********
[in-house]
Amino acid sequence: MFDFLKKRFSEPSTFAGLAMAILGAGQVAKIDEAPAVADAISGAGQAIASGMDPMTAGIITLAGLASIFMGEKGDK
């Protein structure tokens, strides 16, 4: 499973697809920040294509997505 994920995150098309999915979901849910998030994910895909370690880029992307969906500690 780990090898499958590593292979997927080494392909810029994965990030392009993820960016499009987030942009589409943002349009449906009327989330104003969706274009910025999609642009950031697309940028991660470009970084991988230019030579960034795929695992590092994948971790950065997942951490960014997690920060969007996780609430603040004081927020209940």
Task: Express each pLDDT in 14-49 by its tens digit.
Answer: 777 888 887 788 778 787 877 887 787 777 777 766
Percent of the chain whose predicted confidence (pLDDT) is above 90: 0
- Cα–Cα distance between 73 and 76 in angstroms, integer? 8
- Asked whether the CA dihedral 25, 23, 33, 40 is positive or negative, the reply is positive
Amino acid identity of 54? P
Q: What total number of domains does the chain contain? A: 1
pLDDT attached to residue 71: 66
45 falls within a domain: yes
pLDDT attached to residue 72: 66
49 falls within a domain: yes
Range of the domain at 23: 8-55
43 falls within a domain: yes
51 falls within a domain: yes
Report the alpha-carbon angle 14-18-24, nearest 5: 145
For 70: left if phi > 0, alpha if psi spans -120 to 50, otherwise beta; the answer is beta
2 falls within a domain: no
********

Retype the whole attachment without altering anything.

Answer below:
[in-house]
Amino acid sequence: MFDFLKKRFSEPSTFAGLAMAILGAGQVAKIDEAPAVADAISGAGQAIASGMDPMTAGIITLAGLASIFMGEKGDK
């Protein structure tokens, strides 16, 4: 499973697809920040294509997505 994920995150098309999915979901849910998030994910895909370690880029992307969906500690 780990090898499958590593292979997927080494392909810029994965990030392009993820960016499009987030942009589409943002349009449906009327989330104003969706274009910025999609642009950031697309940028991660470009970084991988230019030579960034795929695992590092994948971790950065997942951490960014997690920060969007996780609430603040004081927020209940």
Task: Express each pLDDT in 14-49 by its tens digit.
Answer: 777 888 887 788 778 787 877 887 787 777 777 766
Percent of the chain whose predicted confidence (pLDDT) is above 90: 0
- Cα–Cα distance between 73 and 76 in angstroms, integer? 8
- Asked whether the CA dihedral 25, 23, 33, 40 is positive or negative, the reply is positive
Amino acid identity of 54? P
Q: What total number of domains does the chain contain? A: 1
pLDDT attached to residue 71: 66
45 falls within a domain: yes
pLDDT attached to residue 72: 66
49 falls within a domain: yes
Range of the domain at 23: 8-55
43 falls within a domain: yes
51 falls within a domain: yes
Report the alpha-carbon angle 14-18-24, nearest 5: 145
For 70: left if phi > 0, alpha if psi spans -120 to 50, otherwise beta; the answer is beta
2 falls within a domain: no